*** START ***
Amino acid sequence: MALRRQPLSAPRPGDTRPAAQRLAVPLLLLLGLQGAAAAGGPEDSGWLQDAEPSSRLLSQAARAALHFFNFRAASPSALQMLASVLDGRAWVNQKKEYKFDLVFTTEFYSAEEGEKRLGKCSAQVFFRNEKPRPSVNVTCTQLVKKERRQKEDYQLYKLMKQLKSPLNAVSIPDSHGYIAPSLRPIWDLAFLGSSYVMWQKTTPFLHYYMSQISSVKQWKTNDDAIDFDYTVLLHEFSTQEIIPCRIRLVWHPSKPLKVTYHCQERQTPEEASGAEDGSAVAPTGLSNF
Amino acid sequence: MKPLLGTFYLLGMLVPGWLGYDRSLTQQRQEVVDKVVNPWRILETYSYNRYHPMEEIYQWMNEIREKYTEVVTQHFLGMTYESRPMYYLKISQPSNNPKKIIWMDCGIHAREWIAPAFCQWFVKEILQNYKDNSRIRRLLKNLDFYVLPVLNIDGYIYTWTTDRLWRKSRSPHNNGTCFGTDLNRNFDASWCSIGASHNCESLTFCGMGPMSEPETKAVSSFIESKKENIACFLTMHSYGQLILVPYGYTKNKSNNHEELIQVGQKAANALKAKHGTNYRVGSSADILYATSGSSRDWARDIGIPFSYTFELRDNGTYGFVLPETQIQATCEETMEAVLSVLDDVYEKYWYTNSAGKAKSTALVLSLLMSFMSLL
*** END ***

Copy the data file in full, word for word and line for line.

Amino acid sequence: MALRRQPLSAPRPGDTRPAAQRLAVPLLLLLGLQGAAAAGGPEDSGWLQDAEPSSRLLSQAARAALHFFNFRAASPSALQMLASVLDGRAWVNQKKEYKFDLVFTTEFYSAEEGEKRLGKCSAQVFFRNEKPRPSVNVTCTQLVKKERRQKEDYQLYKLMKQLKSPLNAVSIPDSHGYIAPSLRPIWDLAFLGSSYVMWQKTTPFLHYYMSQISSVKQWKTNDDAIDFDYTVLLHEFSTQEIIPCRIRLVWHPSKPLKVTYHCQERQTPEEASGAEDGSAVAPTGLSNF
Amino acid sequence: MKPLLGTFYLLGMLVPGWLGYDRSLTQQRQEVVDKVVNPWRILETYSYNRYHPMEEIYQWMNEIREKYTEVVTQHFLGMTYESRPMYYLKISQPSNNPKKIIWMDCGIHAREWIAPAFCQWFVKEILQNYKDNSRIRRLLKNLDFYVLPVLNIDGYIYTWTTDRLWRKSRSPHNNGTCFGTDLNRNFDASWCSIGASHNCESLTFCGMGPMSEPETKAVSSFIESKKENIACFLTMHSYGQLILVPYGYTKNKSNNHEELIQVGQKAANALKAKHGTNYRVGSSADILYATSGSSRDWARDIGIPFSYTFELRDNGTYGFVLPETQIQATCEETMEAVLSVLDDVYEKYWYTNSAGKAKSTALVLSLLMSFMSLL